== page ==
Robots doing things people can isn't new. Robots doing things people can while being absolutely cute? That's something else.

Just two days after its crowdfunding campaign was launched on Indiegogo, Jibo was able to raise 681% of its $100,000 goal, getting more than $680,000 with 28 days left into the campaign. The robot was created by a team headed by Dr. Cynthia Breazeal, a media arts and science associate professor in MIT Media Lab's.

"Jibo is a very different concept of a personal robot where the focus is on human engagement and bringing content, apps, services 'to life' beyond flat screens. Most of robotics views robots as a labor technology rather than a technology for human engagement and empowerment around family," explains Breazeal.

In a video for Jibo's crowdfunding campaign, the robot is shown reading and animating stories to a little girl, letting a mom busy baking she's got a message, and taking photos of the family when instructed verbally. It is also touted to be capable of relaying voice messages and ordering food delivery based on user preferences.

But successful as it may be with its crowdfunding efforts, Jibo is not without its skeptics. "People are almost endlessly adaptable. So why would they want or need a human-stylized personal assistant at home to tell them their smartphone is ringing? For decades, human-resembling robots have been great fodder for science fiction, movies and TV, but their attractiveness beyond those venues seems limited," argues Charles King, Pund-IT principal.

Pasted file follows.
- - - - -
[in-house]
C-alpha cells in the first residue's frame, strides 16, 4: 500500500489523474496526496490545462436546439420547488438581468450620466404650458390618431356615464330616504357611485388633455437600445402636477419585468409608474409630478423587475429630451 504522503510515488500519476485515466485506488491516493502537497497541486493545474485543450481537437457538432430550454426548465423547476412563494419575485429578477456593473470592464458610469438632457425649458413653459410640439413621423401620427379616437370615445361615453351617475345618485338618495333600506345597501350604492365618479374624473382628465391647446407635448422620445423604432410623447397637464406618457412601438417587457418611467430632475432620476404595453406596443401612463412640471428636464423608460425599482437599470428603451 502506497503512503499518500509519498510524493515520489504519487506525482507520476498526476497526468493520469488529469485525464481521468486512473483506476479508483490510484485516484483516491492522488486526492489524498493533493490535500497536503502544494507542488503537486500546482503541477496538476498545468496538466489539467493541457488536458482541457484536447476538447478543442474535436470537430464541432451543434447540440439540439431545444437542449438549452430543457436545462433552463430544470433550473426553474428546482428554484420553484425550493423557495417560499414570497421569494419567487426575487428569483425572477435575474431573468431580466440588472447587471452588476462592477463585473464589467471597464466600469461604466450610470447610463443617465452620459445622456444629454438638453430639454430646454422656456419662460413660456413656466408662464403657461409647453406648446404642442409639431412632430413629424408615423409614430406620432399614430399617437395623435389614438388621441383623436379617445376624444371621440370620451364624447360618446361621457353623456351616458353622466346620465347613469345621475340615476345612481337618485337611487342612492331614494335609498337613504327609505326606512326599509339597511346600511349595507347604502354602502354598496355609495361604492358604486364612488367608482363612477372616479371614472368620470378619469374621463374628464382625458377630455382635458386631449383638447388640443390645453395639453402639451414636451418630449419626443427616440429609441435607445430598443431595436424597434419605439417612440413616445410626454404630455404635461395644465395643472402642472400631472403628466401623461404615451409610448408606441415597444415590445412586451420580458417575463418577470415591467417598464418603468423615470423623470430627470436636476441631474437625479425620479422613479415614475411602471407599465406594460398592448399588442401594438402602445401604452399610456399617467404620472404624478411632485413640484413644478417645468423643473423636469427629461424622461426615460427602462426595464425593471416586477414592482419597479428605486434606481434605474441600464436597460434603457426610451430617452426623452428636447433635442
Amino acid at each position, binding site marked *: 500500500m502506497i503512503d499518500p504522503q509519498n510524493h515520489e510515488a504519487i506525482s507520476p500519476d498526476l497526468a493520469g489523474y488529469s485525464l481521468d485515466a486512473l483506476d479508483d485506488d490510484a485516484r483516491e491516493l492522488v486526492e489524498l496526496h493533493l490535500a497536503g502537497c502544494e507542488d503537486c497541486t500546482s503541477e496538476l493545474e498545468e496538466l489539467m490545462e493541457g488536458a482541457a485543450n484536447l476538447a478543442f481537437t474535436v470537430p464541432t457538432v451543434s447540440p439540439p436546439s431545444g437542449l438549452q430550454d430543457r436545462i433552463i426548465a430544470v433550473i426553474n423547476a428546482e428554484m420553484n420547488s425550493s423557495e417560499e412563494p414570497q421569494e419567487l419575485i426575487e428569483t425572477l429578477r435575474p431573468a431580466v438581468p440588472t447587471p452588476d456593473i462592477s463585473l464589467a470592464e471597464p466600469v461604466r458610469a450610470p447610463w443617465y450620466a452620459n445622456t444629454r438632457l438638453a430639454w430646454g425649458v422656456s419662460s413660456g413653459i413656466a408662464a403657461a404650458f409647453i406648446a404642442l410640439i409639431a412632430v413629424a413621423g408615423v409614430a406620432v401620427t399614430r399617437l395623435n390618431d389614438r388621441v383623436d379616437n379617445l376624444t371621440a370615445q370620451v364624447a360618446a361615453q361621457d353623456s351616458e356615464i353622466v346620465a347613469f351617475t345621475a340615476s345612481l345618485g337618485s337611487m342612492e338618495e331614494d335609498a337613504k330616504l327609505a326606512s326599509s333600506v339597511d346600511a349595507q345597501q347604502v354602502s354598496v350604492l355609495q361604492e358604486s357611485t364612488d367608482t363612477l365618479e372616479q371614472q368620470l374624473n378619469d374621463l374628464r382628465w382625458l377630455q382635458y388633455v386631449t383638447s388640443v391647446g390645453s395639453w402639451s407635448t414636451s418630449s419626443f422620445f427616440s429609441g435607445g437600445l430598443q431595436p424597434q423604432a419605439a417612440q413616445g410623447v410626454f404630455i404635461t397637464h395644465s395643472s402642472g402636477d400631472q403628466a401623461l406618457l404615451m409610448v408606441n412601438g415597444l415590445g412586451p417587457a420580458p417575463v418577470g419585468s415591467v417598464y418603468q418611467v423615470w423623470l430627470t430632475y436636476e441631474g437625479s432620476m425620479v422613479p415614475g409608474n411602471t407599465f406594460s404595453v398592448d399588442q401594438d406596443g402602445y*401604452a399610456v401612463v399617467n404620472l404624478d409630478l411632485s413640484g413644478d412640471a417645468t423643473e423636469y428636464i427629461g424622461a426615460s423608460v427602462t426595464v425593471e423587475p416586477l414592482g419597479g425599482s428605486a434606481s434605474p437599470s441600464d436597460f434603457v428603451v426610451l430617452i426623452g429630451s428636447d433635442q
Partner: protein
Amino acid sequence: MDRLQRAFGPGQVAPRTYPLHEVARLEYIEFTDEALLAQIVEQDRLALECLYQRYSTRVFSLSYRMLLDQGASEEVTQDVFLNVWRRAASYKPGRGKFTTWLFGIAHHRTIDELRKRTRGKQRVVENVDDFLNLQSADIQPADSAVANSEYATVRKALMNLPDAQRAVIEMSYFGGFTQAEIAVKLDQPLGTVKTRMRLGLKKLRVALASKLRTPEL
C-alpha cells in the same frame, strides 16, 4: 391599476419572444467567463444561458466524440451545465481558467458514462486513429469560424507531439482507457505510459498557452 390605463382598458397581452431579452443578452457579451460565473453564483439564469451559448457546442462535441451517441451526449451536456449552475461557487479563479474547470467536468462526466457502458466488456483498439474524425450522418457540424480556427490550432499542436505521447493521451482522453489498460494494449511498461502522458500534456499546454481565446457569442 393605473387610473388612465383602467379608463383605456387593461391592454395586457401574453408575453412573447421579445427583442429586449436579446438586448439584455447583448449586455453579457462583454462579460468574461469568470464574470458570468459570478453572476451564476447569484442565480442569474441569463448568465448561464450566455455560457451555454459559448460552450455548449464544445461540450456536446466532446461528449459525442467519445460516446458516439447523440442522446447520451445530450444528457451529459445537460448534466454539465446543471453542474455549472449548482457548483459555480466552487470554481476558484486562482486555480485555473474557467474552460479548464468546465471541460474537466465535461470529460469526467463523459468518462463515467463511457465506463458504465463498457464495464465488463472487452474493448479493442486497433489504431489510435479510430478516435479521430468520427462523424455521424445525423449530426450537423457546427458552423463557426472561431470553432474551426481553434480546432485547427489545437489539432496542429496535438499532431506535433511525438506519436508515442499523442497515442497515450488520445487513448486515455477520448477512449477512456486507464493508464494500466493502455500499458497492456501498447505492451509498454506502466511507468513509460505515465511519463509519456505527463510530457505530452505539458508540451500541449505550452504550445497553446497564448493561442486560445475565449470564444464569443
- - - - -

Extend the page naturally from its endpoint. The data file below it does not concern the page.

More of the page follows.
Though it is considered to be the world's first family robot, Jibo is also not the only robot entering the scene next year. SoftBank announced last month that the 48-inch tall emotion-sensing robot Pepper will go on sale next February in Japan, though it is unclear if the robot will be making its rounds overseas, and there's also Asimo, the walking-talking robot from Honda. In terms of social robotics, the concept that guided the creation of Jibo, the most popular robot in the field at the moment would have to be Leonardo, a 2.5-foot furry robot. Brezeal is also responsible for Leonardo, collaborating with Stan Winston Studio's special effects experts to create the robot.

Aside from Breazeal, the team behind Jibo includes: Steve Chambers, Andy Atkins, Dr. Todd Pack, Jeri Asher, Dr. Roberto Pieraccini, Rich Sadowsky, Fardad Faridi, Jonathan Ross, and Dr. Maxim Makatchev. Charles River Ventures; Osage University Partners; Generator Ventures; Fairhaven Capital Partners L.P.; Riverside Investors, LLC; The Carol Family Trust; Pags Group; and the Jeff and Diane Shepard Family Trust are listed as investors.

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